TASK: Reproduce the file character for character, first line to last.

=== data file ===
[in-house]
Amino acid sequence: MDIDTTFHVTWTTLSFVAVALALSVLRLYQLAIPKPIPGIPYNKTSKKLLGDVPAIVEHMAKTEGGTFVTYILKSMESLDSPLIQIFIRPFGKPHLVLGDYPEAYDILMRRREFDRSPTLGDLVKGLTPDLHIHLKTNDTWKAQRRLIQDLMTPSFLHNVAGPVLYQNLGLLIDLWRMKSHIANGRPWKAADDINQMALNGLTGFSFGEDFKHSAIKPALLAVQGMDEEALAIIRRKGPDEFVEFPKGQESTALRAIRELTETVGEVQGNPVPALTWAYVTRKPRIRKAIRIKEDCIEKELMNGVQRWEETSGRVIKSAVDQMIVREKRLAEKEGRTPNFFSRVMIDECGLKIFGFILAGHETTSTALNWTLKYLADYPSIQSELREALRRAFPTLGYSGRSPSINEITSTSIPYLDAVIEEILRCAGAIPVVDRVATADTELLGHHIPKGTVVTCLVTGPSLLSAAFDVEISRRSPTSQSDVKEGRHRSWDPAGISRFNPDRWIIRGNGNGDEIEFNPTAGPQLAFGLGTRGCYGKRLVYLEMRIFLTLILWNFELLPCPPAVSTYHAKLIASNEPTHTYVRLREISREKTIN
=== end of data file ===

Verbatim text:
[in-house]
Amino acid sequence: MDIDTTFHVTWTTLSFVAVALALSVLRLYQLAIPKPIPGIPYNKTSKKLLGDVPAIVEHMAKTEGGTFVTYILKSMESLDSPLIQIFIRPFGKPHLVLGDYPEAYDILMRRREFDRSPTLGDLVKGLTPDLHIHLKTNDTWKAQRRLIQDLMTPSFLHNVAGPVLYQNLGLLIDLWRMKSHIANGRPWKAADDINQMALNGLTGFSFGEDFKHSAIKPALLAVQGMDEEALAIIRRKGPDEFVEFPKGQESTALRAIRELTETVGEVQGNPVPALTWAYVTRKPRIRKAIRIKEDCIEKELMNGVQRWEETSGRVIKSAVDQMIVREKRLAEKEGRTPNFFSRVMIDECGLKIFGFILAGHETTSTALNWTLKYLADYPSIQSELREALRRAFPTLGYSGRSPSINEITSTSIPYLDAVIEEILRCAGAIPVVDRVATADTELLGHHIPKGTVVTCLVTGPSLLSAAFDVEISRRSPTSQSDVKEGRHRSWDPAGISRFNPDRWIIRGNGNGDEIEFNPTAGPQLAFGLGTRGCYGKRLVYLEMRIFLTLILWNFELLPCPPAVSTYHAKLIASNEPTHTYVRLREISREKTIN